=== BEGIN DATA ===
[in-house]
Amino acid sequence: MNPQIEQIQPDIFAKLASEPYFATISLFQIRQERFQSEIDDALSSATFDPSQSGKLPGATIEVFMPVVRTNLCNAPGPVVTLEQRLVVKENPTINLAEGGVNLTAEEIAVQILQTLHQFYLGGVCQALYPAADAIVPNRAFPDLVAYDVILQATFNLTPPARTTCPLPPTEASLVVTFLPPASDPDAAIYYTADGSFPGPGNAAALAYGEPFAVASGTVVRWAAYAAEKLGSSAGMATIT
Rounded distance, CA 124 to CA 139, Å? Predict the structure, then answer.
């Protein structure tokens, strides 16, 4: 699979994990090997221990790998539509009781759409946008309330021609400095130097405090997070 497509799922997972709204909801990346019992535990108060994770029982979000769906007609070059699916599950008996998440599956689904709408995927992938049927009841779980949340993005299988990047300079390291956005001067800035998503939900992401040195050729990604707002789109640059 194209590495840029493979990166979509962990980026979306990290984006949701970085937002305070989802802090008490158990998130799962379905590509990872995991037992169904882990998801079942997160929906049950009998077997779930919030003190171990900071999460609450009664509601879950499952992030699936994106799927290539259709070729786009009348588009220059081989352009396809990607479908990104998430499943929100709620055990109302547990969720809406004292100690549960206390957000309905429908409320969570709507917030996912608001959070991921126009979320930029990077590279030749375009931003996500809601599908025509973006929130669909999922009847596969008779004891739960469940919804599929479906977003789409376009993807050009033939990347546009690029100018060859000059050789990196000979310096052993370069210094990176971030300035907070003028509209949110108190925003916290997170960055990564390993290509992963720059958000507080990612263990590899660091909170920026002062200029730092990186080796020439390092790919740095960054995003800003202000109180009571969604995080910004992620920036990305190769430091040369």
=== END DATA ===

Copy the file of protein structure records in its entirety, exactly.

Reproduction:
[in-house]
Amino acid sequence: MNPQIEQIQPDIFAKLASEPYFATISLFQIRQERFQSEIDDALSSATFDPSQSGKLPGATIEVFMPVVRTNLCNAPGPVVTLEQRLVVKENPTINLAEGGVNLTAEEIAVQILQTLHQFYLGGVCQALYPAADAIVPNRAFPDLVAYDVILQATFNLTPPARTTCPLPPTEASLVVTFLPPASDPDAAIYYTADGSFPGPGNAAALAYGEPFAVASGTVVRWAAYAAEKLGSSAGMATIT
Rounded distance, CA 124 to CA 139, Å? Predict the structure, then answer.
């Protein structure tokens, strides 16, 4: 699979994990090997221990790998539509009781759409946008309330021609400095130097405090997070 497509799922997972709204909801990346019992535990108060994770029982979000769906007609070059699916599950008996998440599956689904709408995927992938049927009841779980949340993005299988990047300079390291956005001067800035998503939900992401040195050729990604707002789109640059 194209590495840029493979990166979509962990980026979306990290984006949701970085937002305070989802802090008490158990998130799962379905590509990872995991037992169904882990998801079942997160929906049950009998077997779930919030003190171990900071999460609450009664509601879950499952992030699936994106799927290539259709070729786009009348588009220059081989352009396809990607479908990104998430499943929100709620055990109302547990969720809406004292100690549960206390957000309905429908409320969570709507917030996912608001959070991921126009979320930029990077590279030749375009931003996500809601599908025509973006929130669909999922009847596969008779004891739960469940919804599929479906977003789409376009993807050009033939990347546009690029100018060859000059050789990196000979310096052993370069210094990176971030300035907070003028509209949110108190925003916290997170960055990564390993290509992963720059958000507080990612263990590899660091909170920026002062200029730092990186080796020439390092790919740095960054995003800003202000109180009571969604995080910004992620920036990305190769430091040369």